Tag Archives: 54

Edwin W. Crooks

Submitted to the West Virginia Biographies Project by:
Pam Honaker
May 21, 2000

The History of West Virginia, Old and New
Published 1923, The American Historical Society, Inc.,
Chicago and New York, Volume II,
page 463


Edwin W. Crooks, M.D., has been established in the successful general
practice of his profession in the City of Parkersburg since the year 1908,
and his character and ability mark him as one the the representative
physicians and surgeons of Wood County. The doctor is an exemplar of the
benignant school of Homeopathy, and has become one of its specially
successful represtatives in his native state.

Doctor Crooks was born at Belleville, West Virginia, on the 15th of
September, 1874, and is a son of Horatio N. and Marian (Muir) Crooks.
Horatio N. Crooks was born in Allegheny County, Pennsylvania, ans was a
child of about one year at the time of the family removal to West Virginia,
his father, Capt. Horatio N. Crooks, having been for may years a skilled and
popular captain of steamboats plying the Ohio River between the cities of
Pittsburgh, Pennsylvania, and Memphis, Tennessee. Captain Crooks purchased
farm land in the the vicinity of Belleville, West Virgina, and improved the
property into a productive farm, he and his wife having there maintained
their home until the time fo their deaths. On this old homestead their son
Horation N. continiued to reside until the close of his life, and he held
prestige as one of the the substanial farmers and influential citizens of
the community.

Dr. Edwin W. Crooks acquired his preliminary education in the public
schools, and in his youth he began reading medicine by utilizing the medical
library of his uncle, Dr. Edwin W. Crooks, who had removed to California.
Finally he entered Pulte Medical College in the City of Cincinnati, Ohio,
this institution, one of the oldest and best Homeopathic schools in the
West, having been founded by another uncle of the doctor. He was graduated
as a member of the class of 1906, and since thus receiving his degree he has
continued a close student of the best standard and periodical literature of
his profession and thus kept in touch with the advances made in medical
surgical science. As previously stated, Doctor Crooks has been engaged in
practice at Parkersburg since 1908, and this city has been the stage of his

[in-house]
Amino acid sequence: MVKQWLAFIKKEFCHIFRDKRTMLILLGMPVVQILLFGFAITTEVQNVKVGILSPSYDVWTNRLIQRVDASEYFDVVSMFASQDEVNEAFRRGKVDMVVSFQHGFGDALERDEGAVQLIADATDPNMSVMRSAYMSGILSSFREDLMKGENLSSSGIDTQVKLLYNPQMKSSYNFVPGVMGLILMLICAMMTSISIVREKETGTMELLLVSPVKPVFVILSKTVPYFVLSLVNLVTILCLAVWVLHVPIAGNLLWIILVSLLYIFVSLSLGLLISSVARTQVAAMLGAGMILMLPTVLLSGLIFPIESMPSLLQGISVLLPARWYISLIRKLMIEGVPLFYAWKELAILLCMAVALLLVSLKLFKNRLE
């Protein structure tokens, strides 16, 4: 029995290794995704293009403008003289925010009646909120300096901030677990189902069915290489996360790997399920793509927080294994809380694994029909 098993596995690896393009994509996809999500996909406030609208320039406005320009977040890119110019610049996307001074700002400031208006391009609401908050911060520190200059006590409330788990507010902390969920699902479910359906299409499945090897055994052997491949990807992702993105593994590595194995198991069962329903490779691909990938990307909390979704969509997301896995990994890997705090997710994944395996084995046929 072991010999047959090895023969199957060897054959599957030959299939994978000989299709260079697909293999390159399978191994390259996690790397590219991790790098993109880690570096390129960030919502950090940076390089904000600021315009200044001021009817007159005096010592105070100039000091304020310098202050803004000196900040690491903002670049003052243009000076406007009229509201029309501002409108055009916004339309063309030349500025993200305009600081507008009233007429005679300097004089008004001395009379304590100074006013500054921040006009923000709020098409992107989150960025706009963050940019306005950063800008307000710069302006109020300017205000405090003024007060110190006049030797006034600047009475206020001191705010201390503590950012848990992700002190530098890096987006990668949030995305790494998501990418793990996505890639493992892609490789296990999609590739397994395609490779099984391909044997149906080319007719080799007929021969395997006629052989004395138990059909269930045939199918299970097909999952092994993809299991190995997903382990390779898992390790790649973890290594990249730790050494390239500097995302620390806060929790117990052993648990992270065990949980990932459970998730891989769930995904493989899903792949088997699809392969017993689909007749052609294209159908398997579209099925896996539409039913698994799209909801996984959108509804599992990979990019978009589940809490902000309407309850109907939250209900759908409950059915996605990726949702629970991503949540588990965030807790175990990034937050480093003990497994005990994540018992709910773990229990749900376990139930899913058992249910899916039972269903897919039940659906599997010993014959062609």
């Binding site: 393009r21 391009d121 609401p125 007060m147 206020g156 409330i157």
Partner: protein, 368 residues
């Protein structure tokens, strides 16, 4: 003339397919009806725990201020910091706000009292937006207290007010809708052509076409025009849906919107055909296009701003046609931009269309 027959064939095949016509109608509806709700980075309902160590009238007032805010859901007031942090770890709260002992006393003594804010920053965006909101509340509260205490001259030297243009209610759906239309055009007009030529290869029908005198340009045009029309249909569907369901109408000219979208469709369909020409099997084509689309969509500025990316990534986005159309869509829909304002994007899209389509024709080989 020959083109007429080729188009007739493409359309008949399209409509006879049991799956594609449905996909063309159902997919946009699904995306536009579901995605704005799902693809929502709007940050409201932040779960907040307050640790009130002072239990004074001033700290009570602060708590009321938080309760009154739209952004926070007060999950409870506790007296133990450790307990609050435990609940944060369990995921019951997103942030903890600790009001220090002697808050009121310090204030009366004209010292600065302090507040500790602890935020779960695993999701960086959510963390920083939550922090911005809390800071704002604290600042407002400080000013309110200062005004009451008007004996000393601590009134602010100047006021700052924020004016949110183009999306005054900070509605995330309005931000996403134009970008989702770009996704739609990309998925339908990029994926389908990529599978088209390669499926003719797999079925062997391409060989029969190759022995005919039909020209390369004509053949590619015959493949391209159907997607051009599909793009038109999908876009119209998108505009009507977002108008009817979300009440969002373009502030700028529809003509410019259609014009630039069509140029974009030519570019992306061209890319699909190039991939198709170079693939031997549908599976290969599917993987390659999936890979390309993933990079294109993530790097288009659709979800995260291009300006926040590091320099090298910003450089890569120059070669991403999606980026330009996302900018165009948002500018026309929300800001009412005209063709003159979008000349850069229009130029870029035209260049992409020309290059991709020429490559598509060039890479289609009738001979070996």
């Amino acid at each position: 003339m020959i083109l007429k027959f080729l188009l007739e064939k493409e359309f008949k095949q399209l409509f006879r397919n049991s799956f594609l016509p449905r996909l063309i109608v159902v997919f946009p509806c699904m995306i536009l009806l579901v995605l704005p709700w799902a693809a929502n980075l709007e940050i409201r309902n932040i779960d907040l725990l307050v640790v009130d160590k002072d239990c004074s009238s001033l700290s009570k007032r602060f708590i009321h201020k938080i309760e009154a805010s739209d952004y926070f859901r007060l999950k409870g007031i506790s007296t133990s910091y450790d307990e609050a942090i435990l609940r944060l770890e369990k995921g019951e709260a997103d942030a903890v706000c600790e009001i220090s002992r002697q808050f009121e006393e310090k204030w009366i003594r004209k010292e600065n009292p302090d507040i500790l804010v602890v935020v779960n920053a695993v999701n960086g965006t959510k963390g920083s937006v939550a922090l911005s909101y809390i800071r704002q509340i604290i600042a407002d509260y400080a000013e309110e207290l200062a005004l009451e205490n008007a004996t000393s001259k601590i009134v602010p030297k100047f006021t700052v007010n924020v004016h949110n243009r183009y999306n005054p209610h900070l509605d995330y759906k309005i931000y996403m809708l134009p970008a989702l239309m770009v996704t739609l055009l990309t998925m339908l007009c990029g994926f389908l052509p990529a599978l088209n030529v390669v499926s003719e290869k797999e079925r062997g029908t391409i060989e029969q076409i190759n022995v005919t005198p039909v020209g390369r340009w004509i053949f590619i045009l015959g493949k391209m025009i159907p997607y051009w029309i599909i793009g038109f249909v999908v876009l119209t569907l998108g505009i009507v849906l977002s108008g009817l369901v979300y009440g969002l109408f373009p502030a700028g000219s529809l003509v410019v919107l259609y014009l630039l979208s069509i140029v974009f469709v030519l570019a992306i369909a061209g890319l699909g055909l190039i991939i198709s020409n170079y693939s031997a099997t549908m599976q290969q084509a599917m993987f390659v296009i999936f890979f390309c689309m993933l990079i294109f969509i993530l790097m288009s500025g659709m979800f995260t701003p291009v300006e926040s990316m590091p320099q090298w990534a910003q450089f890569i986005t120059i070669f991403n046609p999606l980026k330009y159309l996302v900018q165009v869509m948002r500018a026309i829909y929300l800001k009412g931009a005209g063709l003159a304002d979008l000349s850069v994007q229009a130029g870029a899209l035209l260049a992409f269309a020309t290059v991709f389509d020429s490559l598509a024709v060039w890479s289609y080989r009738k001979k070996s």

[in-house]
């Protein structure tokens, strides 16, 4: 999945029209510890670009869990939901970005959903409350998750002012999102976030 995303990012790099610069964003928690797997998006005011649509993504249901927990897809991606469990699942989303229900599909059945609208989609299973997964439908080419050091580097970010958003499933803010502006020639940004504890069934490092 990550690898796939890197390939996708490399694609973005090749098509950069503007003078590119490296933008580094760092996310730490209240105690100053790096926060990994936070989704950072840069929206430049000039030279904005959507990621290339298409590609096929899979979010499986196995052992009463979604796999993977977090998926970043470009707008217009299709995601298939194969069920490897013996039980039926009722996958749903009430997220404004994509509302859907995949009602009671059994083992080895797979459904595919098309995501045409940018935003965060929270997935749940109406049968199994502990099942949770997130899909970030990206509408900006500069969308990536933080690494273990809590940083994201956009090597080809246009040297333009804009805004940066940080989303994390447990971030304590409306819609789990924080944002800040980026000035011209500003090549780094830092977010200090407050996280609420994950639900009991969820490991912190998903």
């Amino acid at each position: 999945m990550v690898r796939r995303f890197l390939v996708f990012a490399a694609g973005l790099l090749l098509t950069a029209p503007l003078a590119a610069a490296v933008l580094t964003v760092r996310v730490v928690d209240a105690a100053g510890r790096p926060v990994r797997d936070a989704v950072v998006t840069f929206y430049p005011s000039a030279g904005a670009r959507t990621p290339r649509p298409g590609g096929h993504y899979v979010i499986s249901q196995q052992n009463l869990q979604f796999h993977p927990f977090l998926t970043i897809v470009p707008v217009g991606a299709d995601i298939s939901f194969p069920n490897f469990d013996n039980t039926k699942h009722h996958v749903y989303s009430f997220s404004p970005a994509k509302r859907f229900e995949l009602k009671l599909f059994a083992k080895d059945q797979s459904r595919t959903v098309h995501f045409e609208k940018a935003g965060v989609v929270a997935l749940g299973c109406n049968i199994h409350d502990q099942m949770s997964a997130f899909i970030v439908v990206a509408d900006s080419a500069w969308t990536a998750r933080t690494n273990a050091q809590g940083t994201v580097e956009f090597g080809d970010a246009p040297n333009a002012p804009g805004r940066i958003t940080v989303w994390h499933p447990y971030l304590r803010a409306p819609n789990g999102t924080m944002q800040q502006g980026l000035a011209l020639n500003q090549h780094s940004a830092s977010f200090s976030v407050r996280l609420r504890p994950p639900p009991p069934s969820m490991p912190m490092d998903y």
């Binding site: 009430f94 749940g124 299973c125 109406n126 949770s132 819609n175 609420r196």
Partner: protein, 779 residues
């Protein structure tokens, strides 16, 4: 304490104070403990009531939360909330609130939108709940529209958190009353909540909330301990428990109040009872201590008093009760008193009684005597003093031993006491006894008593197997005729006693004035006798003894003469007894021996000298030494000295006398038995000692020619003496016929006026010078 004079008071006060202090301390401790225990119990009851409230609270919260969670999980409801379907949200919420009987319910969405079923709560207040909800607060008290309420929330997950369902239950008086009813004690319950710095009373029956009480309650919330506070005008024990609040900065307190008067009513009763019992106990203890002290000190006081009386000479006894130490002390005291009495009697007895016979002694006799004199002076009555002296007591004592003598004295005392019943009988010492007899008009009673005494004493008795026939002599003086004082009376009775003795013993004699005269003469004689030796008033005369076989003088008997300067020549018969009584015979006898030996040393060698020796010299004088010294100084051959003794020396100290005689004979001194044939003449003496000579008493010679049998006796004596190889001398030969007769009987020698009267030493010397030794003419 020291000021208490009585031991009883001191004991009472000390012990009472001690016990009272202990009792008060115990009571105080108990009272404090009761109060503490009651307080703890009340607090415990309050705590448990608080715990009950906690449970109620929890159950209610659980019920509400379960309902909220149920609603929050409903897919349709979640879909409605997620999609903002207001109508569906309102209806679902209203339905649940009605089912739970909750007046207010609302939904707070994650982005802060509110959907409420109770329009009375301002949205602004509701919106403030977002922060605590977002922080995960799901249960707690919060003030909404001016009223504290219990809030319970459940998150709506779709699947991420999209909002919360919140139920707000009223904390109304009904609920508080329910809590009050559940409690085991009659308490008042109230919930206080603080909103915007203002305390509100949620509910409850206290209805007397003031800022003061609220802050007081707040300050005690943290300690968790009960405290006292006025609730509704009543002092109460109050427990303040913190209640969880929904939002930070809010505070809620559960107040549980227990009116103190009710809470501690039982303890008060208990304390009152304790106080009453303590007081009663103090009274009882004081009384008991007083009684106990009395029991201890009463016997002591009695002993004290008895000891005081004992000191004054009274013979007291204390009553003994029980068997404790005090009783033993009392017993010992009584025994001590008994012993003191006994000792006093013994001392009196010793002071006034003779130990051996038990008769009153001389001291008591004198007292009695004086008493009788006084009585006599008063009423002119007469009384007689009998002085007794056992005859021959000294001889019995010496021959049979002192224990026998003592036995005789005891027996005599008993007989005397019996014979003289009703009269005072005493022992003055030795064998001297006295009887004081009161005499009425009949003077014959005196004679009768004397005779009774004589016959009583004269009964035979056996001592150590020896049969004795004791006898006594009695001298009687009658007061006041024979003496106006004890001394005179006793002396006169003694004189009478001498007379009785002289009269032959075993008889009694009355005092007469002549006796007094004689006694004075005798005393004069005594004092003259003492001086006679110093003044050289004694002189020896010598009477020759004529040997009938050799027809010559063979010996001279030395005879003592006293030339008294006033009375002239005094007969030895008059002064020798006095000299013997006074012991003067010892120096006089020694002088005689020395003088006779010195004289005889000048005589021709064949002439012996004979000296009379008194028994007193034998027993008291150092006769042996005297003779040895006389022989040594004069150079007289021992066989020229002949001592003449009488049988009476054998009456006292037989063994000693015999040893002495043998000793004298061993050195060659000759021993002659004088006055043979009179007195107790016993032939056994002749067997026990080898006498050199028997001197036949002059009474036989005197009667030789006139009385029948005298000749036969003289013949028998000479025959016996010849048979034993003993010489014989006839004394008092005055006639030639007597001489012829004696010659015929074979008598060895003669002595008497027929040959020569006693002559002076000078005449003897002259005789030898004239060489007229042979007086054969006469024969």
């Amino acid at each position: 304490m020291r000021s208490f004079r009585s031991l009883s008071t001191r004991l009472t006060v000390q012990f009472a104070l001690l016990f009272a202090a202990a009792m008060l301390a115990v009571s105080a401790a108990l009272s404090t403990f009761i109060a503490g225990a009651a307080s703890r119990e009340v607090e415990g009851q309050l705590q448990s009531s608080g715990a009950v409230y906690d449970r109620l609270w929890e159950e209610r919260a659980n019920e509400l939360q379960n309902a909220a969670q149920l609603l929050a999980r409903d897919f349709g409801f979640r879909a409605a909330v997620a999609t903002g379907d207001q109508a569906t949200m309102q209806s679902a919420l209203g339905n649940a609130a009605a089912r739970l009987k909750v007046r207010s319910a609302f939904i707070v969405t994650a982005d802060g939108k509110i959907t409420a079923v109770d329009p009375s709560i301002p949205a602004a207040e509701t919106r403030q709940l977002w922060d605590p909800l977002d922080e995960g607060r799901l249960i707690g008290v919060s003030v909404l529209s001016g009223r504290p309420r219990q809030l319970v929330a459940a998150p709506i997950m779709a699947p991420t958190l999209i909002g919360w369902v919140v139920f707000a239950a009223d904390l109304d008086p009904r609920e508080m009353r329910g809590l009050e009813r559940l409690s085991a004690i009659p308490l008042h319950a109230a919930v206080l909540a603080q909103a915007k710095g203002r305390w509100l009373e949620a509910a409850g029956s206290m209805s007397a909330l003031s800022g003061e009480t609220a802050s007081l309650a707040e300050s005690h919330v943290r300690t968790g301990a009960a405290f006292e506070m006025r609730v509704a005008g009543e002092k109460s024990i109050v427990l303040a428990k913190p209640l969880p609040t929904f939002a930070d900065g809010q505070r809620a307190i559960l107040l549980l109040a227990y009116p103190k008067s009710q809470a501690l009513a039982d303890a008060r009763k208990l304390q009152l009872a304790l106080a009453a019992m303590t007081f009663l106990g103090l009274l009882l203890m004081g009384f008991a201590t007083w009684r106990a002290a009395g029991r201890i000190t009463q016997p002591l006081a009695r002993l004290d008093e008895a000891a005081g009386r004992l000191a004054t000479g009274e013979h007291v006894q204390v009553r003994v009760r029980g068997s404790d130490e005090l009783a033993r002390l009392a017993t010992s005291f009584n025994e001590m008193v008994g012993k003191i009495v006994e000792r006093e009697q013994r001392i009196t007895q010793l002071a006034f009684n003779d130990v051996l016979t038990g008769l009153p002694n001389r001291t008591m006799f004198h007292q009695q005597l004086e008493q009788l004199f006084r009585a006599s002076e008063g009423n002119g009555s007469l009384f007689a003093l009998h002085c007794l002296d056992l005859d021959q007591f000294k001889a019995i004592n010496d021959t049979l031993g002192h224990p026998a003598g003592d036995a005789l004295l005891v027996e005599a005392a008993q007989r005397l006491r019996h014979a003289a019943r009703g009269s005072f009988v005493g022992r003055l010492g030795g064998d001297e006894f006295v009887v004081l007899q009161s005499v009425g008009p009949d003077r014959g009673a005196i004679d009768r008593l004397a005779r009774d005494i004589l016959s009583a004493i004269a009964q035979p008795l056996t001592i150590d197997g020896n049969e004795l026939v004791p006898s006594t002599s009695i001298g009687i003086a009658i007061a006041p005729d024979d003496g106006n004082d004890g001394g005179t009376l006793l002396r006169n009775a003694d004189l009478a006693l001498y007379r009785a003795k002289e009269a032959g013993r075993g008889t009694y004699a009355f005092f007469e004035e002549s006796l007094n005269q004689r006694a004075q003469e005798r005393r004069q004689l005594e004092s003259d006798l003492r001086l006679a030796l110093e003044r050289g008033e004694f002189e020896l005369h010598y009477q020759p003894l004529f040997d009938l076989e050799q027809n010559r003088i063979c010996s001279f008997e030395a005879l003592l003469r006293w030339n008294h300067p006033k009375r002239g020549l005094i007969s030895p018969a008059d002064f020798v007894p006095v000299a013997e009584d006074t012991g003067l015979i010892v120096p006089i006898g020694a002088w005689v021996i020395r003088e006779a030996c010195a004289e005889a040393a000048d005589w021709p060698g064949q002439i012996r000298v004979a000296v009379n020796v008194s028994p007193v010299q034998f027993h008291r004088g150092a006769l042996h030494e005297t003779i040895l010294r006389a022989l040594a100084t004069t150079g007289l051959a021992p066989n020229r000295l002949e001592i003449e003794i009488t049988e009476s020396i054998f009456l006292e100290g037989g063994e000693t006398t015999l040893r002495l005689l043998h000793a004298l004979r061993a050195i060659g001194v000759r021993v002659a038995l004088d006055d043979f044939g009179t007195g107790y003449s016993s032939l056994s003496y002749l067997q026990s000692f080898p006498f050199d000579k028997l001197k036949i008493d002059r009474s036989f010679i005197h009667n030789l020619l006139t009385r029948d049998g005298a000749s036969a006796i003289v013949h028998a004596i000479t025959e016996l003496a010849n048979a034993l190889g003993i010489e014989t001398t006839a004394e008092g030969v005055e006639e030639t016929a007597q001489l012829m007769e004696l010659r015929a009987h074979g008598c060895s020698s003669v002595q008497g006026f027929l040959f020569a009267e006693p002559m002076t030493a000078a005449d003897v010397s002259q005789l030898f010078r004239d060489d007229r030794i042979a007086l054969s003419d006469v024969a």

earnest and able representative practice which gives him precedence as one
of the leading physicians of the metropolis of his native county. He is a
member of the Little Kanawha and Ohio Valley Medical Society and the
American Institue of Homeopathy. He gave nine years of effective service as
president of the Board of Health of Wood County, is a republican in
political allegiance, and the the time-honored Masonic fraternity he has
completed the circle of each the York and the Scottish Rites, in the latter
of which he has received the thirty-second degree. His maximum York Rite
affiliationis with the Commandery of Knights Templars in his home city, he
is identified also with Nemesis Temple of the Mystic Shrine, and is an
appreciative and popular member of the Parkersburg Lodge of the Benevolent
and Protective Order of Elks.

The year 1917 recorded the marriage of Doctor Crooks and Miss Rebecca Dils,
and they have two sons, Edwin W., Jr,. and Horation N. (III). Doctor and
Mrs. Crooks are active members of the Methodist Episcopal Church.


Submitted to the West Virginia Biographies Project by:
Pam Honaker
October 28, 2000

The History of West Virginia, Old and New
Published 1923, The American Historical Society, Inc.
Chicago and New York, Volume II
Pg. 465


JACKSON FAMILY. John Jackson was born near Londonderry, Ireland, in
1719, was reared in the City of London, where he learned the builder’s
trade, and in 1848 crossed the ocean to Calvert County, Maryland. About
1769 he and his family crossed the mountain into Northwestern Virginia, and
made permanent settlement on the Buckhannon River, just below Jackson’s
Fort. Both he and his wife had experiences during the period of Indian
warfare, and in mental, moral and physical strength they were fitted to